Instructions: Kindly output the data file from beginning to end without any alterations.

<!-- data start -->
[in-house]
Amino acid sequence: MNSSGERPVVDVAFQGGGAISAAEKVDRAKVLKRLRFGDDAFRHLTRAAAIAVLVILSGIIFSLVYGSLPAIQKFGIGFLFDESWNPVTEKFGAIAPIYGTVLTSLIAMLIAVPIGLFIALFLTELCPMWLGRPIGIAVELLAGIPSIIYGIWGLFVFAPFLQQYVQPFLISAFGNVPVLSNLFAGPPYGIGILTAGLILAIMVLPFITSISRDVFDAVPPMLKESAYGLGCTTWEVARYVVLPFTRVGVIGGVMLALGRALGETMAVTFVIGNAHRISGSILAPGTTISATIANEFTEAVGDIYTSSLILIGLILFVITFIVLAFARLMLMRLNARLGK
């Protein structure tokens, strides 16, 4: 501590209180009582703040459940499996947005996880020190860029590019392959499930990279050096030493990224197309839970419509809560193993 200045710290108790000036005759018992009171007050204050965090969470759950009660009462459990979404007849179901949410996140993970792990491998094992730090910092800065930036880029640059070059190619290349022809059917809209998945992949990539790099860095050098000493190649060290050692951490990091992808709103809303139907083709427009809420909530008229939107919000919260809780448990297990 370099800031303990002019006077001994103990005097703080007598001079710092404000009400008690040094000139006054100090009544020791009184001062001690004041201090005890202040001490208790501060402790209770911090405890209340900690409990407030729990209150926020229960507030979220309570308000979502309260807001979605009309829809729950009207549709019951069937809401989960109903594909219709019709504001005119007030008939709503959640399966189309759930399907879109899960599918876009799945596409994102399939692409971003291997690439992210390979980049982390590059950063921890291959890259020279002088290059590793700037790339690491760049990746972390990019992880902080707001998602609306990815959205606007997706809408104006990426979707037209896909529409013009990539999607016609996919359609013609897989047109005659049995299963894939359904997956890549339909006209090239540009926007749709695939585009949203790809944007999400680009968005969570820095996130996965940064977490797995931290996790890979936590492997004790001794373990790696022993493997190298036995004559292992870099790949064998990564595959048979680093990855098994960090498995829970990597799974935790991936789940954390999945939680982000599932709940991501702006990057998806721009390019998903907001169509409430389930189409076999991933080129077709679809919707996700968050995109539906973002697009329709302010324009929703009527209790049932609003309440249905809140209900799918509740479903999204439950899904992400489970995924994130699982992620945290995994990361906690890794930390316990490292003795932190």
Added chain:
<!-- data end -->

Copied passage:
[in-house]
Amino acid sequence: MNSSGERPVVDVAFQGGGAISAAEKVDRAKVLKRLRFGDDAFRHLTRAAAIAVLVILSGIIFSLVYGSLPAIQKFGIGFLFDESWNPVTEKFGAIAPIYGTVLTSLIAMLIAVPIGLFIALFLTELCPMWLGRPIGIAVELLAGIPSIIYGIWGLFVFAPFLQQYVQPFLISAFGNVPVLSNLFAGPPYGIGILTAGLILAIMVLPFITSISRDVFDAVPPMLKESAYGLGCTTWEVARYVVLPFTRVGVIGGVMLALGRALGETMAVTFVIGNAHRISGSILAPGTTISATIANEFTEAVGDIYTSSLILIGLILFVITFIVLAFARLMLMRLNARLGK
């Protein structure tokens, strides 16, 4: 501590209180009582703040459940499996947005996880020190860029590019392959499930990279050096030493990224197309839970419509809560193993 200045710290108790000036005759018992009171007050204050965090969470759950009660009462459990979404007849179901949410996140993970792990491998094992730090910092800065930036880029640059070059190619290349022809059917809209998945992949990539790099860095050098000493190649060290050692951490990091992808709103809303139907083709427009809420909530008229939107919000919260809780448990297990 370099800031303990002019006077001994103990005097703080007598001079710092404000009400008690040094000139006054100090009544020791009184001062001690004041201090005890202040001490208790501060402790209770911090405890209340900690409990407030729990209150926020229960507030979220309570308000979502309260807001979605009309829809729950009207549709019951069937809401989960109903594909219709019709504001005119007030008939709503959640399966189309759930399907879109899960599918876009799945596409994102399939692409971003291997690439992210390979980049982390590059950063921890291959890259020279002088290059590793700037790339690491760049990746972390990019992880902080707001998602609306990815959205606007997706809408104006990426979707037209896909529409013009990539999607016609996919359609013609897989047109005659049995299963894939359904997956890549339909006209090239540009926007749709695939585009949203790809944007999400680009968005969570820095996130996965940064977490797995931290996790890979936590492997004790001794373990790696022993493997190298036995004559292992870099790949064998990564595959048979680093990855098994960090498995829970990597799974935790991936789940954390999945939680982000599932709940991501702006990057998806721009390019998903907001169509409430389930189409076999991933080129077709679809919707996700968050995109539906973002697009329709302010324009929703009527209790049932609003309440249905809140209900799918509740479903999204439950899904992400489970995924994130699982992620945290995994990361906690890794930390316990490292003795932190």
Added chain: